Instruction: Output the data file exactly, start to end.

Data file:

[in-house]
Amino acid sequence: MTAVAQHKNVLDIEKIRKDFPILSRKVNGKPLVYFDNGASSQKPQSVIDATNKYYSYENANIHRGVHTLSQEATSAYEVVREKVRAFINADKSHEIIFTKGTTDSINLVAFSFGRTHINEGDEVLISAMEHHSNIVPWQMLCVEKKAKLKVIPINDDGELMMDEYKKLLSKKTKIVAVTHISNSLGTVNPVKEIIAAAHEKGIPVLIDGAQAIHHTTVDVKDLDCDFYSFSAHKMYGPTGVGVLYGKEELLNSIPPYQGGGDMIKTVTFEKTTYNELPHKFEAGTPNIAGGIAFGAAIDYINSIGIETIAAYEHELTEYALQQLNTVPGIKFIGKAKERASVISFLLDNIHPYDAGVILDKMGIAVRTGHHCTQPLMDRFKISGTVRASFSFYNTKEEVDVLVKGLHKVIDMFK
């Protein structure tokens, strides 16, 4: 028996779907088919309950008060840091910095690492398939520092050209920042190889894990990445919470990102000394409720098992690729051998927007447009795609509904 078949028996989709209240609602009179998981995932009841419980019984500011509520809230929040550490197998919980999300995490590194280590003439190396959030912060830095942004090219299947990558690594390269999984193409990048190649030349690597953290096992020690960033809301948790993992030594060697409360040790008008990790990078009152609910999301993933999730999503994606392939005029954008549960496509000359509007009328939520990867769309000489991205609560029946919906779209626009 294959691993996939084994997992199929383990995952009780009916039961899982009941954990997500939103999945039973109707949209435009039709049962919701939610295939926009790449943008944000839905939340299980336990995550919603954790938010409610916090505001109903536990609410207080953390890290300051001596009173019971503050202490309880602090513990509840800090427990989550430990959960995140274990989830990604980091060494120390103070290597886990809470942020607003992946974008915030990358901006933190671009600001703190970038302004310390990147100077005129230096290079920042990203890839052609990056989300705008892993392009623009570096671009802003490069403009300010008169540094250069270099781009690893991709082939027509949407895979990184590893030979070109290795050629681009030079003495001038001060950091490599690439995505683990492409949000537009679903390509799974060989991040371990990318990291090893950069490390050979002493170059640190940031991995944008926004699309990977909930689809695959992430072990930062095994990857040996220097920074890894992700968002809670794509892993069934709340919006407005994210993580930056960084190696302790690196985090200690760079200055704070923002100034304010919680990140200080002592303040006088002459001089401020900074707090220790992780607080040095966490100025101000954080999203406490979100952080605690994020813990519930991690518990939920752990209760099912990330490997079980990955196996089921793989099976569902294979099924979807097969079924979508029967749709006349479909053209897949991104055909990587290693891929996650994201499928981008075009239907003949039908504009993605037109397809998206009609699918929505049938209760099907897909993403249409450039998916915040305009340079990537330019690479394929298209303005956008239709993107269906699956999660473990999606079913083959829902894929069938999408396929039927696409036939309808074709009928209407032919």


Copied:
[in-house]
Amino acid sequence: MTAVAQHKNVLDIEKIRKDFPILSRKVNGKPLVYFDNGASSQKPQSVIDATNKYYSYENANIHRGVHTLSQEATSAYEVVREKVRAFINADKSHEIIFTKGTTDSINLVAFSFGRTHINEGDEVLISAMEHHSNIVPWQMLCVEKKAKLKVIPINDDGELMMDEYKKLLSKKTKIVAVTHISNSLGTVNPVKEIIAAAHEKGIPVLIDGAQAIHHTTVDVKDLDCDFYSFSAHKMYGPTGVGVLYGKEELLNSIPPYQGGGDMIKTVTFEKTTYNELPHKFEAGTPNIAGGIAFGAAIDYINSIGIETIAAYEHELTEYALQQLNTVPGIKFIGKAKERASVISFLLDNIHPYDAGVILDKMGIAVRTGHHCTQPLMDRFKISGTVRASFSFYNTKEEVDVLVKGLHKVIDMFK
């Protein structure tokens, strides 16, 4: 028996779907088919309950008060840091910095690492398939520092050209920042190889894990990445919470990102000394409720098992690729051998927007447009795609509904 078949028996989709209240609602009179998981995932009841419980019984500011509520809230929040550490197998919980999300995490590194280590003439190396959030912060830095942004090219299947990558690594390269999984193409990048190649030349690597953290096992020690960033809301948790993992030594060697409360040790008008990790990078009152609910999301993933999730999503994606392939005029954008549960496509000359509007009328939520990867769309000489991205609560029946919906779209626009 294959691993996939084994997992199929383990995952009780009916039961899982009941954990997500939103999945039973109707949209435009039709049962919701939610295939926009790449943008944000839905939340299980336990995550919603954790938010409610916090505001109903536990609410207080953390890290300051001596009173019971503050202490309880602090513990509840800090427990989550430990959960995140274990989830990604980091060494120390103070290597886990809470942020607003992946974008915030990358901006933190671009600001703190970038302004310390990147100077005129230096290079920042990203890839052609990056989300705008892993392009623009570096671009802003490069403009300010008169540094250069270099781009690893991709082939027509949407895979990184590893030979070109290795050629681009030079003495001038001060950091490599690439995505683990492409949000537009679903390509799974060989991040371990990318990291090893950069490390050979002493170059640190940031991995944008926004699309990977909930689809695959992430072990930062095994990857040996220097920074890894992700968002809670794509892993069934709340919006407005994210993580930056960084190696302790690196985090200690760079200055704070923002100034304010919680990140200080002592303040006088002459001089401020900074707090220790992780607080040095966490100025101000954080999203406490979100952080605690994020813990519930991690518990939920752990209760099912990330490997079980990955196996089921793989099976569902294979099924979807097969079924979508029967749709006349479909053209897949991104055909990587290693891929996650994201499928981008075009239907003949039908504009993605037109397809998206009609699918929505049938209760099907897909993403249409450039998916915040305009340079990537330019690479394929298209303005956008239709993107269906699956999660473990999606079913083959829902894929069938999408396929039927696409036939309808074709009928209407032919």